Energy Boosting in Demand
Energy-boosting product sales rank next behind digestive health in Asia Pacific, with sales of US$7.8 billion in 2013. Led by TC Pharmaceutical Industry Company’s Red Bull in China and Otsuka Holdings Company’s Oronamin in Japan, the market continues to evolve with the launch of snack bars such as Soy Joy and more natural alternatives.
While caffeine remains important to the energy-boosting market, B vitamins, ginseng, taurine, and royal jelly, among many others, are also increasingly gaining presence in products, particularly soft drinks.
Linked closely to energy boosting are products that boost cognitive performance. As research on brain health and memory gains traction, this positioning has the potential to be successful in Asia. However, in order to see success, manufacturers must build consumer trust around the efficacy of products and use well-established ingredients such as omega fatty acids, vitamin E, and Ginkgo biloba. In fact, China is gearing up to be an important market for omega fatty acid supplements, particularly targeting the aging population. The country recently introduced omega fatty acid intake guidelines. It estimates that only a quarter of the population currently ingests enough omega fatty acids. These guidelines recommend 250–2,000 mg per day for adults.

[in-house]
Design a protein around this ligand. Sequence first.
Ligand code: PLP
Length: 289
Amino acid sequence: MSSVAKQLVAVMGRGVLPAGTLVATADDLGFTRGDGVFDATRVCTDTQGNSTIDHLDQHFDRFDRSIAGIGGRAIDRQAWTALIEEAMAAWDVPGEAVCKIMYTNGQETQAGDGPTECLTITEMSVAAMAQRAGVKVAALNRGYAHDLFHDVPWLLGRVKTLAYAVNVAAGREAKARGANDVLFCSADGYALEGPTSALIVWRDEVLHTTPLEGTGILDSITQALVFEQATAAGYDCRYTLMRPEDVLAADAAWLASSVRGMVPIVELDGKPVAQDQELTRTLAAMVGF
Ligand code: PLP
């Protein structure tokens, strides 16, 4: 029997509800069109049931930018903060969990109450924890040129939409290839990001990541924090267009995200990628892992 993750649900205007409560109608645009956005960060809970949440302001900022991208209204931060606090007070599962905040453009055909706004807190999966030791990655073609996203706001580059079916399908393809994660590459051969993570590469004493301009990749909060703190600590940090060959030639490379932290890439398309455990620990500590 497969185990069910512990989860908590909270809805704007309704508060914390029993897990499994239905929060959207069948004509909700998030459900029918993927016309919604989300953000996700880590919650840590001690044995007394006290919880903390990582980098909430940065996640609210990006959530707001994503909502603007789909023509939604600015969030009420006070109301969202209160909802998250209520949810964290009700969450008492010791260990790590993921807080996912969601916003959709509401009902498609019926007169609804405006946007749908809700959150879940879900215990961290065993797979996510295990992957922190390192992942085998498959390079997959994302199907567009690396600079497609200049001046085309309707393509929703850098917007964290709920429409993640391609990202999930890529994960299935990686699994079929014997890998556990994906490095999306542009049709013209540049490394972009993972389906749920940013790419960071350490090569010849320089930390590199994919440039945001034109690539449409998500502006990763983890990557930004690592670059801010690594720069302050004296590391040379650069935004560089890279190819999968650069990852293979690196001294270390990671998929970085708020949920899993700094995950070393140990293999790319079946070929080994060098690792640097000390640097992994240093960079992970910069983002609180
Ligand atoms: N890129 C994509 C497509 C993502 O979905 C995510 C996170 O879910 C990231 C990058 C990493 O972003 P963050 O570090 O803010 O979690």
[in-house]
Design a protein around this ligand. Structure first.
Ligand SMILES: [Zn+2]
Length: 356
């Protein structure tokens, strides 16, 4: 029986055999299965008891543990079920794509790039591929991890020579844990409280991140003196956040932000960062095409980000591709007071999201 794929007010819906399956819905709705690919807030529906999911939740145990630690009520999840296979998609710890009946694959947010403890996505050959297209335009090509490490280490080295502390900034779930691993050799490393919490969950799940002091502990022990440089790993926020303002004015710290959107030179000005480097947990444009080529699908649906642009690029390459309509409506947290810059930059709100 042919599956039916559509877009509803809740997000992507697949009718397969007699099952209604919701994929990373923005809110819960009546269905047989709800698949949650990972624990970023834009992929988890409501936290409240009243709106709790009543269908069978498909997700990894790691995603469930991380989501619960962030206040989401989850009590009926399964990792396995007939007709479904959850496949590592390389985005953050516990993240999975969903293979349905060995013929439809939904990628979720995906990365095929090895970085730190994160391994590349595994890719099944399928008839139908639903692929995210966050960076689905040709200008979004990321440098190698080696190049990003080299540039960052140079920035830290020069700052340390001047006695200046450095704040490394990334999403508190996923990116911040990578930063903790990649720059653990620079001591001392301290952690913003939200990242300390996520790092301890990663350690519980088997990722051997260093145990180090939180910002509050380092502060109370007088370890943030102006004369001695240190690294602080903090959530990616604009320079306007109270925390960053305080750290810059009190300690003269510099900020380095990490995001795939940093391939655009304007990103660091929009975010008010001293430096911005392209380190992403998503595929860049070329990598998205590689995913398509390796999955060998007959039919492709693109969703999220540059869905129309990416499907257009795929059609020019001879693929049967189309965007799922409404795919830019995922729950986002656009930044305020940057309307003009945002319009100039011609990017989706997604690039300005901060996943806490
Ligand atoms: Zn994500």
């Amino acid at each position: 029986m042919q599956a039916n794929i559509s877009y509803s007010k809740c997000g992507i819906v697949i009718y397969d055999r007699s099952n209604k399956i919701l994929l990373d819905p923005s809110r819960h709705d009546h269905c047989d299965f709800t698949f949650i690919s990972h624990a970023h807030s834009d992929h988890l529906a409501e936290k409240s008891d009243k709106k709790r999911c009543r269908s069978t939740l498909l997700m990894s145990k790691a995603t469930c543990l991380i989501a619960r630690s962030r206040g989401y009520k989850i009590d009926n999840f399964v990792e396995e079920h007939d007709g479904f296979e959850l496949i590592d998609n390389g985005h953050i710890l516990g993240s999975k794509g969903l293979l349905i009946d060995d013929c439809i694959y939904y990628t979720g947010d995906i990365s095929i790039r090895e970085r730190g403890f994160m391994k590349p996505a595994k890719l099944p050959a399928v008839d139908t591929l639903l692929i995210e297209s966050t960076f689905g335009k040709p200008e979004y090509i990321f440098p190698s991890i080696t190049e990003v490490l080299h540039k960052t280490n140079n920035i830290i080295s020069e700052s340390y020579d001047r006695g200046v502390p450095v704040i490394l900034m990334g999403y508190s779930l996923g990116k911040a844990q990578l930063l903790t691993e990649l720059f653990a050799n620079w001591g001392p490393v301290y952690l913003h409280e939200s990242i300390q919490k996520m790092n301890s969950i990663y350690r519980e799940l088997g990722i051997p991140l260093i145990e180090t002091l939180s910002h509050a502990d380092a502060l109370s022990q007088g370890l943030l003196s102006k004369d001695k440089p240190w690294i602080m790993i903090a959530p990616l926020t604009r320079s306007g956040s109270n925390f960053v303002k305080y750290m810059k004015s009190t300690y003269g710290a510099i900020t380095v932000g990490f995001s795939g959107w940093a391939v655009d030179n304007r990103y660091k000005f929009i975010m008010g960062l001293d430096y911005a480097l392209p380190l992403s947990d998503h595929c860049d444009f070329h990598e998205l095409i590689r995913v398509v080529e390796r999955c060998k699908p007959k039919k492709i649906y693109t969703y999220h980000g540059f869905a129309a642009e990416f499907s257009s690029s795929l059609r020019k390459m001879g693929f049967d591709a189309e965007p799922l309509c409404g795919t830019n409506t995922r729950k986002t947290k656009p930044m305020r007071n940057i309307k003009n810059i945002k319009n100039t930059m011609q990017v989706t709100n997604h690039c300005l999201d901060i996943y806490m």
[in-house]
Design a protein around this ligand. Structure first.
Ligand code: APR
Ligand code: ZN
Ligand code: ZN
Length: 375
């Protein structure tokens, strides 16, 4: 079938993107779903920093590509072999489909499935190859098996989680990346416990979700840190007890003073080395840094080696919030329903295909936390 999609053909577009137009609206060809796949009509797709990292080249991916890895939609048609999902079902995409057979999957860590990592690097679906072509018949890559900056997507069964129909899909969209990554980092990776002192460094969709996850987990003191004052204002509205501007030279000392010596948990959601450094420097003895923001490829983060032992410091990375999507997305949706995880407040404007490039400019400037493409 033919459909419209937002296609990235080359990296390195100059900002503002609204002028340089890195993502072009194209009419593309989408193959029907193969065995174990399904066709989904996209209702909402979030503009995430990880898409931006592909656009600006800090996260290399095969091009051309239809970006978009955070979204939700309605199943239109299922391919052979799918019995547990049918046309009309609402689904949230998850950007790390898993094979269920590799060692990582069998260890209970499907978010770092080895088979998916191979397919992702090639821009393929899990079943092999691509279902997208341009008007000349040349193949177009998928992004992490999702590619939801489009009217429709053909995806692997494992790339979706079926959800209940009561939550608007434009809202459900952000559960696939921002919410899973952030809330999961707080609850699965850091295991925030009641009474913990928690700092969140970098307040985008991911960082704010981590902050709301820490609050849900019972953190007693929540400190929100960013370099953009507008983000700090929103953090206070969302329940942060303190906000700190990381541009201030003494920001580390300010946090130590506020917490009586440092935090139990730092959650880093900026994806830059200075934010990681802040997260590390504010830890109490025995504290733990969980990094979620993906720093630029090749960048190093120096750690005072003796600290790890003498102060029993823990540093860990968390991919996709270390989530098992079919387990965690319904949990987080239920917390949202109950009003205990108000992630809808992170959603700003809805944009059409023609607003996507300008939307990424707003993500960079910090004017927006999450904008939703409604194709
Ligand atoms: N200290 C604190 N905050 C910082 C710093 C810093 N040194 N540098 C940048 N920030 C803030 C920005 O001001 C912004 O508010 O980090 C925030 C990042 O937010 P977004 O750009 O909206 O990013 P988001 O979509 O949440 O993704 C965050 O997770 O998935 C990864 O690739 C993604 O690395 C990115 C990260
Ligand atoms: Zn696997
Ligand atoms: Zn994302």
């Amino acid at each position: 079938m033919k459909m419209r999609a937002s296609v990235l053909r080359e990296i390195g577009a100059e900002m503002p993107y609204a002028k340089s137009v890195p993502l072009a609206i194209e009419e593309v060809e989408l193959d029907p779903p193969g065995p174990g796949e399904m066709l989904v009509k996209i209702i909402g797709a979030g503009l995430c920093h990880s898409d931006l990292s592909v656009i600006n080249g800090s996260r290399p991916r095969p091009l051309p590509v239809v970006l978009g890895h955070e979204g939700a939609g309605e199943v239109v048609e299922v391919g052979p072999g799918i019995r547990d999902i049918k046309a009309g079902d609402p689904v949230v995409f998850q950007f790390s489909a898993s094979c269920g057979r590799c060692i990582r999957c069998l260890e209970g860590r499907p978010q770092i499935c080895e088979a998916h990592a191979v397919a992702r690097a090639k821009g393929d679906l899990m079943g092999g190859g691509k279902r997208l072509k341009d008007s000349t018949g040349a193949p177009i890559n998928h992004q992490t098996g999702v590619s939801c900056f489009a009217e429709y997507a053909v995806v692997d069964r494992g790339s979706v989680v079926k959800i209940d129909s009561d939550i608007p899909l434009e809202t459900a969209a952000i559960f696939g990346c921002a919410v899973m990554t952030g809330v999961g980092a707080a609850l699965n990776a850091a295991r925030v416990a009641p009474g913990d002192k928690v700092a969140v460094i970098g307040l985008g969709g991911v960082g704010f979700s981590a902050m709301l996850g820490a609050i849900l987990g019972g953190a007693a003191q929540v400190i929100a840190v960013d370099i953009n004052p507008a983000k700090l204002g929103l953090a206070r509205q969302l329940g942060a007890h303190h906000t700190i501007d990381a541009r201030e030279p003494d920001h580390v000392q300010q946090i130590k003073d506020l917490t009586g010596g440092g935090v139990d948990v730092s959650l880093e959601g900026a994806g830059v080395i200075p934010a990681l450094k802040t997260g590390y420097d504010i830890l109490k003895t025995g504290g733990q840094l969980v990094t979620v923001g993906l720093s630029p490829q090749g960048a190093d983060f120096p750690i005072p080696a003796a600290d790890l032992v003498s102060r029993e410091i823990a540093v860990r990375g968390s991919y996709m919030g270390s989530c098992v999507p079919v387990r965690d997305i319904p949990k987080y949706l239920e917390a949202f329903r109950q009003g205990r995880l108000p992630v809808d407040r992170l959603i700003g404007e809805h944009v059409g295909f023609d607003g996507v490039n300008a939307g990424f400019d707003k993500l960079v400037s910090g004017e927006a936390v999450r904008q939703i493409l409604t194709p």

A Willingness to Try Novel Ingredients
Despite rapidly increasing sales of HW products, the Asia Pacific market is far from saturated. In fact, it has the second-lowest per capita consumption of HW products of any region, only above Middle East and Africa.
To stay ahead, manufacturers should capitalize on the rising interest in functional ingredients in the region and launch new variants incorporating more novel functional ingredients. Manufacturers expanding in Asia Pacific have the significant advantage of targeting consumers who are more willing to try and have faith in new functional ingredients. Consumers’ willingness to try novel ingredients is a key to success.
For further insight, please contact Diana Cowland, senior health and wellness analyst, Euromonitor International, at firstname.lastname@example.org.
Charts and tables courtesy of Euromonitor International